• How we get a new Prime Minister – it’s a simple matter of vice-regal appointment without a swear...
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    Point of OrderBy Bob Edlin
    6 days ago

  • Advancing our relationship in India
    Foreign Minister Nanaia Mahuta departs for India tomorrow as she continues to reconnect Aotearoa New Zealand to the world.  The visit will begin in New Delhi where the Foreign Minister will meet with the Vice President Hon Jagdeep Dhankar and her Indian Government counterparts, External Affairs Minister S. Jaishankar and ...
    BeehiveBy beehive.govt.nz
    9 hours ago
  • Government Northland housing investment to spark transformational change
    Over $10 million infrastructure funding to unlock housing in Whangārei The purchase of a 3.279 hectare site in Kerikeri to enable 56 new homes Northland becomes eligible for $100 million scheme for affordable rentals Multiple Northland communities will benefit from multiple Government housing investments, delivering thousands of new homes for ...
    BeehiveBy beehive.govt.nz
    2 days ago
  • Battle of Ohaeawai remembered
    A memorial event at a key battle site in the New Zealand land wars is an important event to mark the progress in relations between Māori and the Crown as we head towards Waitangi Day, Minister for Te Arawhiti Kelvin Davis said. The Battle of Ohaeawai in June 1845 saw ...
    BeehiveBy beehive.govt.nz
    3 days ago
  • More Police deployed to the frontline
    More Police officers are being deployed to the frontline with the graduation of 54 new constables from the Royal New Zealand Police College today. The graduation ceremony for Recruit Wing 362 at Te Rauparaha Arena in Porirua was the first official event for Stuart Nash since his reappointment as Police ...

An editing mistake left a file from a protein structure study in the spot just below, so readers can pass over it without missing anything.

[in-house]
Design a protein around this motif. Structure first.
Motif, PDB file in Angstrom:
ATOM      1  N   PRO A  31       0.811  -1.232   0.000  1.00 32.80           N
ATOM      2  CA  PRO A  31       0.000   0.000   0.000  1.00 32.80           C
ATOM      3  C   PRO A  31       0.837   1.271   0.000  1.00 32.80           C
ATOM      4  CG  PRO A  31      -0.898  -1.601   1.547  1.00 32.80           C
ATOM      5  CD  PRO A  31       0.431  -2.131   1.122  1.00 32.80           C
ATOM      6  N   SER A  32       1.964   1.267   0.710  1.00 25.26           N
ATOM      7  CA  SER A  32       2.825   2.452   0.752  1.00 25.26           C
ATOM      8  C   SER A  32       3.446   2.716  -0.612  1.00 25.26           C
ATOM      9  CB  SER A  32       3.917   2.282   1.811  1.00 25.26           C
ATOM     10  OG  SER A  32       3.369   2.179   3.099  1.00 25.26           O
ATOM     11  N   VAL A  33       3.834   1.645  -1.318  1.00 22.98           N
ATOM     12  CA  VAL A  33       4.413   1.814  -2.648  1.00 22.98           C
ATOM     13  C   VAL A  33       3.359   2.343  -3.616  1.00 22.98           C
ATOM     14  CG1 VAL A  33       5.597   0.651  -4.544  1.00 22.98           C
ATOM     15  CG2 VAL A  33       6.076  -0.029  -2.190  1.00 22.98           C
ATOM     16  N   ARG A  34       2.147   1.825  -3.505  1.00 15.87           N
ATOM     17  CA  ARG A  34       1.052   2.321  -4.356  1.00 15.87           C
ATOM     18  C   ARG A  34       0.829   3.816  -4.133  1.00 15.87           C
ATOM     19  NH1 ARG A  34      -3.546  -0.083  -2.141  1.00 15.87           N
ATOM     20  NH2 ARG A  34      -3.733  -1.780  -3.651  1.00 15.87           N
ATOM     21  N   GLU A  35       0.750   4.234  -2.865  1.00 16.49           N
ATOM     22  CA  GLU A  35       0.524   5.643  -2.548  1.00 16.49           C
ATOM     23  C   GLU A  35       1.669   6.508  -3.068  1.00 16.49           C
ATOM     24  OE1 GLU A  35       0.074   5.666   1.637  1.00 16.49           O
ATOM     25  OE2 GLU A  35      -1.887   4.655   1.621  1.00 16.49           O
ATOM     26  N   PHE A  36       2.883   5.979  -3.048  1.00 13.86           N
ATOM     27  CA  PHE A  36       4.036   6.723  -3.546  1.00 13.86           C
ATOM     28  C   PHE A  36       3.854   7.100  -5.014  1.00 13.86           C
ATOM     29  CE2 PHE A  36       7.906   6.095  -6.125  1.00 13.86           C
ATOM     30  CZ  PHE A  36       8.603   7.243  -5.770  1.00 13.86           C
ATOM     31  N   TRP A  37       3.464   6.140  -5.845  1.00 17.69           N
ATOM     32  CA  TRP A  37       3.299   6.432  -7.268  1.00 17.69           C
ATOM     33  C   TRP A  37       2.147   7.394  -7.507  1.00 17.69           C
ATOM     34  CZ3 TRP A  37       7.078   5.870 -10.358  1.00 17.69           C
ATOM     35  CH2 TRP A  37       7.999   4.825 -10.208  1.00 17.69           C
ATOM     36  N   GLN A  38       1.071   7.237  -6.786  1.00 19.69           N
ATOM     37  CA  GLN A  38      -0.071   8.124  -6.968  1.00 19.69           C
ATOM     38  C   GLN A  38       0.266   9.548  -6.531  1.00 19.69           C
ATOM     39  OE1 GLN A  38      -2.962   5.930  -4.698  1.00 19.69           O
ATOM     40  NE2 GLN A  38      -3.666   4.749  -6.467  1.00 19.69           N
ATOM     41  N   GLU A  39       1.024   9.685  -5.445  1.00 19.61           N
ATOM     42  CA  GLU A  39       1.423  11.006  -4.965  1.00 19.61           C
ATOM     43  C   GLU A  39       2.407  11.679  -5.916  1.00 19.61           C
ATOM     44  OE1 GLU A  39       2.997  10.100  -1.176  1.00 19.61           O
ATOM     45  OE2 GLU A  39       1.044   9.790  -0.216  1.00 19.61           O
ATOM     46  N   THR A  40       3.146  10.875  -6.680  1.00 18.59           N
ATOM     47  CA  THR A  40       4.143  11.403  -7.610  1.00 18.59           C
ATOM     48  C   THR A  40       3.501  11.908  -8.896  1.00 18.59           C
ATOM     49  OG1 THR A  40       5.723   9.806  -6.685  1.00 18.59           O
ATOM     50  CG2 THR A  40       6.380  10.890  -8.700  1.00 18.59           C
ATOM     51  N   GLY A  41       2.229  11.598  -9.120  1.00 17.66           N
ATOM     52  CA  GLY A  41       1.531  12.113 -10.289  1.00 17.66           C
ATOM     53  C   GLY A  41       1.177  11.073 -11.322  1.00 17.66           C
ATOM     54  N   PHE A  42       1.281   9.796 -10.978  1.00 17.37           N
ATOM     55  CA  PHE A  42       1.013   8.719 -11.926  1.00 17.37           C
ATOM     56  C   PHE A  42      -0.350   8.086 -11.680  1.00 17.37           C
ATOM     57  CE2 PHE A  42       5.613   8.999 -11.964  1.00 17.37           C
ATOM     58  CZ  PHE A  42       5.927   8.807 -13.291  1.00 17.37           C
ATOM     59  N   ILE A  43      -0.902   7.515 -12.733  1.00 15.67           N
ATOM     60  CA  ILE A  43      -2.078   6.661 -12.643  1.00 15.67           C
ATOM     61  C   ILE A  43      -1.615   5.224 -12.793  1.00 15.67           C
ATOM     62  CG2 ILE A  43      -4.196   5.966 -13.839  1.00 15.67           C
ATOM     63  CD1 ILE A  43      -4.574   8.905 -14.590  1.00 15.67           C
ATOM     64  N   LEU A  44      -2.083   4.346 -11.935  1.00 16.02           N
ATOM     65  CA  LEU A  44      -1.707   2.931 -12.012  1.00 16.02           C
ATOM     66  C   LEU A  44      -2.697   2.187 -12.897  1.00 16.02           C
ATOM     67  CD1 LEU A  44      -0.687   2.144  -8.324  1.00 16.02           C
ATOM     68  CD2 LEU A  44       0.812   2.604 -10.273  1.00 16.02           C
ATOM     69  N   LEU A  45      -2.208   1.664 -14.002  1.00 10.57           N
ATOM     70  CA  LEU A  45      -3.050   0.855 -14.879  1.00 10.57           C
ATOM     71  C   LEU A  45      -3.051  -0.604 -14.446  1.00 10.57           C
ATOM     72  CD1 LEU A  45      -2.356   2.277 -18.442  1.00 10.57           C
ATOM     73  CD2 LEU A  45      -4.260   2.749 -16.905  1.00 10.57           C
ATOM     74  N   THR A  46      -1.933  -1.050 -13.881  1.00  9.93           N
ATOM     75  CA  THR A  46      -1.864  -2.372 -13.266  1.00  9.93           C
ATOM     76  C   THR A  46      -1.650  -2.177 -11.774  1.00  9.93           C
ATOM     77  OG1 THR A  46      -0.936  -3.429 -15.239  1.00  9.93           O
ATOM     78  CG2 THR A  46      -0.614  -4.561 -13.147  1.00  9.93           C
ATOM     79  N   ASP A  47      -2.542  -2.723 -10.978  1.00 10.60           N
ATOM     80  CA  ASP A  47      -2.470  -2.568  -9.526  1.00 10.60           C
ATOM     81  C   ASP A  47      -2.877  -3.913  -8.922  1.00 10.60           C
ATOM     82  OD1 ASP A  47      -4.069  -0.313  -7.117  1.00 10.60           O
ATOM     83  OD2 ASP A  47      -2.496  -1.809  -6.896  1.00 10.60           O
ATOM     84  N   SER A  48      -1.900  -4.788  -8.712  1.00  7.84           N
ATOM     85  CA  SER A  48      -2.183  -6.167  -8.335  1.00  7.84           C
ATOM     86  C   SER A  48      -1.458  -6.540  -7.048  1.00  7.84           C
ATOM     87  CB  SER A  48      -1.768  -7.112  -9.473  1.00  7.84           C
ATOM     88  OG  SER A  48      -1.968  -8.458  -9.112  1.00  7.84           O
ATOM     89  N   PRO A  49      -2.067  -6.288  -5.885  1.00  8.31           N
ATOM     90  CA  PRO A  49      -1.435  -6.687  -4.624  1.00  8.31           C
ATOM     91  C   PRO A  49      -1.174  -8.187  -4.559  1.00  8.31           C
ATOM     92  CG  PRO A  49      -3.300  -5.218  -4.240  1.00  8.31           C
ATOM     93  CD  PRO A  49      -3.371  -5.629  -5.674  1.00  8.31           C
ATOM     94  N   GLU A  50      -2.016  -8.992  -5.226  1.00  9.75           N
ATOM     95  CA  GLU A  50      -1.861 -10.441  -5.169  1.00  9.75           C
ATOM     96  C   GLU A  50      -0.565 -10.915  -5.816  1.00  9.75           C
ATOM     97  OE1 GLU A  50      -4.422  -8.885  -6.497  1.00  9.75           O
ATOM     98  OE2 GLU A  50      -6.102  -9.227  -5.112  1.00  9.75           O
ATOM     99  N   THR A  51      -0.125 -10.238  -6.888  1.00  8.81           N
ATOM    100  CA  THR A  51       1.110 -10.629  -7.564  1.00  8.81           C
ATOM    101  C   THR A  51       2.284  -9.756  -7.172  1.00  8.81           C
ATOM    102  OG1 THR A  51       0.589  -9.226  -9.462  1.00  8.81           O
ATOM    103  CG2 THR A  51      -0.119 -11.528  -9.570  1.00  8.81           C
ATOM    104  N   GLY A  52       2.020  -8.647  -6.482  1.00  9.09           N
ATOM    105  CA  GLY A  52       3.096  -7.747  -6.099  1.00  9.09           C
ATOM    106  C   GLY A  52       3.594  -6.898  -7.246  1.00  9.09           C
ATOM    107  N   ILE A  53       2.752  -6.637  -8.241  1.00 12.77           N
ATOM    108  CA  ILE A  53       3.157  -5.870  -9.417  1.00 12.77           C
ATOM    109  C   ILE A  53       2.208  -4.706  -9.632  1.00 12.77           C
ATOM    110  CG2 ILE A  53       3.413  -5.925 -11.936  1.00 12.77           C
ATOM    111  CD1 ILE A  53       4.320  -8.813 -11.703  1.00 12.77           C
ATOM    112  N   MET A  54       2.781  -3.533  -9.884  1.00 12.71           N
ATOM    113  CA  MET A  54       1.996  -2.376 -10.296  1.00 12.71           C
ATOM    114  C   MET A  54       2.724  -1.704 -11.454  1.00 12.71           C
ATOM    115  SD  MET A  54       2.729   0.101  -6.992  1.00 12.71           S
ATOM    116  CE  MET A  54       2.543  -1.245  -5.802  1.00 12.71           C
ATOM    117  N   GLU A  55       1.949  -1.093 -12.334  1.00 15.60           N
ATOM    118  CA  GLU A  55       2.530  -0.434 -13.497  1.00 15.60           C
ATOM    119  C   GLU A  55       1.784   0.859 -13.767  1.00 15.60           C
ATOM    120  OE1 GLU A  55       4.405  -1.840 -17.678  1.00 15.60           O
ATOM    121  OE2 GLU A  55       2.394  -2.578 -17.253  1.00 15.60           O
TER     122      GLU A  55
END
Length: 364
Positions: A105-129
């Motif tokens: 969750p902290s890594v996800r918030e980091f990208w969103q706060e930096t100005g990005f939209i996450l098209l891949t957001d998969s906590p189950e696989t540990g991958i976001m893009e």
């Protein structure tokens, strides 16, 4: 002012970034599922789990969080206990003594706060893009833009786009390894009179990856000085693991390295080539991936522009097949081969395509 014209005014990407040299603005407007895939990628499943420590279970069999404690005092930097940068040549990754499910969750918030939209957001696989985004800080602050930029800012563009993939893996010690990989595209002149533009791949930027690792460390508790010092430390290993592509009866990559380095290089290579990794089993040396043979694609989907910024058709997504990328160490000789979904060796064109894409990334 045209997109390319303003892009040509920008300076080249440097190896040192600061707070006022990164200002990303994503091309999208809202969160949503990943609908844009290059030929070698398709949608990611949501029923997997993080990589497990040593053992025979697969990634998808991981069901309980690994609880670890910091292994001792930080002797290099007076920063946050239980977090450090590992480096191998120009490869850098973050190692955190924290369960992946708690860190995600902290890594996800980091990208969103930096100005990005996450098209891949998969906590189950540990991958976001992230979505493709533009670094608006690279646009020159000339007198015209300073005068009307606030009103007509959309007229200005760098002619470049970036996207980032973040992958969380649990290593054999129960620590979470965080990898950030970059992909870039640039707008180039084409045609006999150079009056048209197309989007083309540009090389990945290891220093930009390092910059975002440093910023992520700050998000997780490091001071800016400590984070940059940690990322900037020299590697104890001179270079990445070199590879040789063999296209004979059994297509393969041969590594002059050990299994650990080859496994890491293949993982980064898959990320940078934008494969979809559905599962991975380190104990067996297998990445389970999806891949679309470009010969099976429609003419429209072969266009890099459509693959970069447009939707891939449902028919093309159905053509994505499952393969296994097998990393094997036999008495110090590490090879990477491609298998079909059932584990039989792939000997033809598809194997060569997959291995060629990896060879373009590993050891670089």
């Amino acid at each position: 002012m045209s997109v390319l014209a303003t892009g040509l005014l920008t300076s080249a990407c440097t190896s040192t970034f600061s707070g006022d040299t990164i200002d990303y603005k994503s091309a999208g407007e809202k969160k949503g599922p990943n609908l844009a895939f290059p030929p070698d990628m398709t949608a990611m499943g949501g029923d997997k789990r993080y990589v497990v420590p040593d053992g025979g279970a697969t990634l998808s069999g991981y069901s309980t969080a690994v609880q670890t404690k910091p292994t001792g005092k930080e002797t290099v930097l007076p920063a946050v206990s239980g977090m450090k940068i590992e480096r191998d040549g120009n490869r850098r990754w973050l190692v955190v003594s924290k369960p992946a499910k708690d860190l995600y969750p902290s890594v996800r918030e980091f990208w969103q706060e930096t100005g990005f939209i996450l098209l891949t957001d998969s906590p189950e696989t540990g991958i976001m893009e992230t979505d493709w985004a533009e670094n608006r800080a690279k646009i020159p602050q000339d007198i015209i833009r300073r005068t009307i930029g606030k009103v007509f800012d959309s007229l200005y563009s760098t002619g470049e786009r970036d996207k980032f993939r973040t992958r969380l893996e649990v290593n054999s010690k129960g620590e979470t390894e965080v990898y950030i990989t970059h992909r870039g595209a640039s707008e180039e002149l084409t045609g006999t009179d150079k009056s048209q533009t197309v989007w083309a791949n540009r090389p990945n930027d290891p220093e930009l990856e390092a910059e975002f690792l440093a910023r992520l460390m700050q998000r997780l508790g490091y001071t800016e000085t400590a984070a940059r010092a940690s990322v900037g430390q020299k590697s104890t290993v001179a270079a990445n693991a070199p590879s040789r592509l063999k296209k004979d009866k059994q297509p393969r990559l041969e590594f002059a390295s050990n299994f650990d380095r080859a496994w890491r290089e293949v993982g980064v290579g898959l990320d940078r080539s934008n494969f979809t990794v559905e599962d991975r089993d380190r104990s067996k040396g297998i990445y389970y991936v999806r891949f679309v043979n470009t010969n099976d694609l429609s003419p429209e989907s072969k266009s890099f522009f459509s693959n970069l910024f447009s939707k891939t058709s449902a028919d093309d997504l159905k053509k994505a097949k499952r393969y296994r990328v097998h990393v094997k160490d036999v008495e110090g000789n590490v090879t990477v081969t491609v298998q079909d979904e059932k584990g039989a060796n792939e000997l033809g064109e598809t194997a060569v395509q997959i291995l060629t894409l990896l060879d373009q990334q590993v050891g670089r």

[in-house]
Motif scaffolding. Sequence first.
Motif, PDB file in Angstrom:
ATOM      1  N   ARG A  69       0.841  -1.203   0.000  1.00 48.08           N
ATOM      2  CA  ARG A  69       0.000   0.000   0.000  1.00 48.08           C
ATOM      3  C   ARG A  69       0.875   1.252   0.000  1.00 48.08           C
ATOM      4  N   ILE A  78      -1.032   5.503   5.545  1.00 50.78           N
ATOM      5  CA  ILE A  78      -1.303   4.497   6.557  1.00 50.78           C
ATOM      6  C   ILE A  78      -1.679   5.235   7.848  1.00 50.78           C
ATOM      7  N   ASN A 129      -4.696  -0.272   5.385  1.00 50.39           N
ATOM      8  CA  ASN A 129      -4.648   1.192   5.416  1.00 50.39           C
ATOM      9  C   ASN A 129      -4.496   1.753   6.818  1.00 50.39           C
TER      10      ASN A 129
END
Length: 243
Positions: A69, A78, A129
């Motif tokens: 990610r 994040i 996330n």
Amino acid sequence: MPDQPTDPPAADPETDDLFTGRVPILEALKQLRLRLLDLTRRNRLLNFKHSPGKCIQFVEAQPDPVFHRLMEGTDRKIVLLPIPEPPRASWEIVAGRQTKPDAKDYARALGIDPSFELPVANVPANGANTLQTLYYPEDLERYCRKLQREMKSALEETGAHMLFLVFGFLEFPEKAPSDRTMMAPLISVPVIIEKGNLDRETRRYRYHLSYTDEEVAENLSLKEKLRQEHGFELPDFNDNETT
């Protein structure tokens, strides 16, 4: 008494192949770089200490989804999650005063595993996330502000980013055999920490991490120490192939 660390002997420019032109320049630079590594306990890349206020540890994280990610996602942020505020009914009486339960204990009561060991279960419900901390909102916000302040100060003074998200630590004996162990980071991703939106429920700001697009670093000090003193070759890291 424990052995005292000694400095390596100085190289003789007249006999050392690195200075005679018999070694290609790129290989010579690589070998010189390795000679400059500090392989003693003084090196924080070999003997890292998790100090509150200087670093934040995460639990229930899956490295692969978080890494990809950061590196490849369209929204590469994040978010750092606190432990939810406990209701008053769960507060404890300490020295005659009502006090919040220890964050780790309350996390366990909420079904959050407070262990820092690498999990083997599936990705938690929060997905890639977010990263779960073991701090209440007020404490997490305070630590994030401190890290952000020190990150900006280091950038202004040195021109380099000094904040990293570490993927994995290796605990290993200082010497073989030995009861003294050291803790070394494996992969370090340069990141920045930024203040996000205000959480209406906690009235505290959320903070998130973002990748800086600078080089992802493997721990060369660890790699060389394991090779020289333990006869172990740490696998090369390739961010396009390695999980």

BeehiveBy beehive.govt.nz
    3 days ago
  • Further support for upper North Island regions hit by significant weather
    The Government is unlocking an additional $700,000 in support for regions that have been badly hit by the recent flooding and storm damage in the upper North Island. “We’re supporting the response and recovery of Auckland, Waikato, Coromandel, Northland, and Bay of Plenty regions, through activating Enhanced Taskforce Green to ...
    BeehiveBy beehive.govt.nz
    3 days ago
  • The Princess Royal to visit New Zealand
    Prime Minister Chris Hipkins has welcomed the announcement that Her Royal Highness The Princess Royal, Princess Anne, will visit New Zealand this month. “Princess Anne is travelling to Aotearoa at the request of the NZ Army’s Royal New Zealand Corps of Signals, of which she is Colonel in Chief, to ...
    BeehiveBy beehive.govt.nz
    3 days ago
  • Government and horticulture sector target $12b in exports by 2035
    A new Government and industry strategy launched today has its sights on growing the value of New Zealand’s horticultural production to $12 billion by 2035, Agriculture Minister Damien O’Connor said. “Our food and fibre exports are vital to New Zealand’s economic security. We’re focussed on long-term strategies that build on ...
    BeehiveBy beehive.govt.nz
    4 days ago
  • Cost of living support extended for families and businesses
    25 cents per litre petrol excise duty cut extended to 30 June 2023 – reducing an average 60 litre tank of petrol by $17.25 Road User Charge discount will be re-introduced and continue through until 30 June Half price public transport fares extended to the end of June 2023 saving ...
    BeehiveBy beehive.govt.nz
    4 days ago
  • More Kiwis in work as rising wages match inflation
    The strong economy has attracted more people into the workforce, with a record number of New Zealanders in paid work and wages rising to help with cost of living pressures. “The Government’s economic plan is delivering on more better-paid jobs, growing wages and creating more opportunities for more New Zealanders,” ...